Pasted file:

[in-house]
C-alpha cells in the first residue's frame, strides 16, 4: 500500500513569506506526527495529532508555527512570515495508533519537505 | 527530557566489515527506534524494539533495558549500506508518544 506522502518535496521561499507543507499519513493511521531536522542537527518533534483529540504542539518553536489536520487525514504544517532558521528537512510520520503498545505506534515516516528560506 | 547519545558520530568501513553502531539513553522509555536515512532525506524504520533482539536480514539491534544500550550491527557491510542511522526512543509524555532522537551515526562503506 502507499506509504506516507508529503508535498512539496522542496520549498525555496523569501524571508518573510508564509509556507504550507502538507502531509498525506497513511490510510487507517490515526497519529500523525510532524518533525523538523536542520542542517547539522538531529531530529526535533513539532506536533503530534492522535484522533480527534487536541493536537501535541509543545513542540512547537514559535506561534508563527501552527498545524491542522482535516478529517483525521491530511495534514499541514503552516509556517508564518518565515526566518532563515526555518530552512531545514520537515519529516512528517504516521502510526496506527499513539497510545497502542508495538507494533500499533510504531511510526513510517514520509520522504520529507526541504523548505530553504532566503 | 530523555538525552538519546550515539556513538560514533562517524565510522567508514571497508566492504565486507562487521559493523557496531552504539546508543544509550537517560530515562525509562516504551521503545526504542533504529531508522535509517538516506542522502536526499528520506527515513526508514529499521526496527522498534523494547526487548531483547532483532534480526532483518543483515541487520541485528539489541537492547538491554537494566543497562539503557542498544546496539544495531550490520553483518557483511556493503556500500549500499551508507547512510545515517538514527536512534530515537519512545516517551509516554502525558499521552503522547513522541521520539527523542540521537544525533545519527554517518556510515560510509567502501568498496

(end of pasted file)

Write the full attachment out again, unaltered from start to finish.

[in-house]
C-alpha cells in the first residue's frame, strides 16, 4: 500500500513569506506526527495529532508555527512570515495508533519537505 | 527530557566489515527506534524494539533495558549500506508518544 506522502518535496521561499507543507499519513493511521531536522542537527518533534483529540504542539518553536489536520487525514504544517532558521528537512510520520503498545505506534515516516528560506 | 547519545558520530568501513553502531539513553522509555536515512532525506524504520533482539536480514539491534544500550550491527557491510542511522526512543509524555532522537551515526562503506 502507499506509504506516507508529503508535498512539496522542496520549498525555496523569501524571508518573510508564509509556507504550507502538507502531509498525506497513511490510510487507517490515526497519529500523525510532524518533525523538523536542520542542517547539522538531529531530529526535533513539532506536533503530534492522535484522533480527534487536541493536537501535541509543545513542540512547537514559535506561534508563527501552527498545524491542522482535516478529517483525521491530511495534514499541514503552516509556517508564518518565515526566518532563515526555518530552512531545514520537515519529516512528517504516521502510526496506527499513539497510545497502542508495538507494533500499533510504531511510526513510517514520509520522504520529507526541504523548505530553504532566503 | 530523555538525552538519546550515539556513538560514533562517524565510522567508514571497508566492504565486507562487521559493523557496531552504539546508543544509550537517560530515562525509562516504551521503545526504542533504529531508522535509517538516506542522502536526499528520506527515513526508514529499521526496527522498534523494547526487548531483547532483532534480526532483518543483515541487520541485528539489541537492547538491554537494566543497562539503557542498544546496539544495531550490520553483518557483511556493503556500500549500499551508507547512510545515517538514527536512534530515537519512545516517551509516554502525558499521552503522547513522541521520539527523542540521537544525533545519527554517518556510515560510509567502501568498496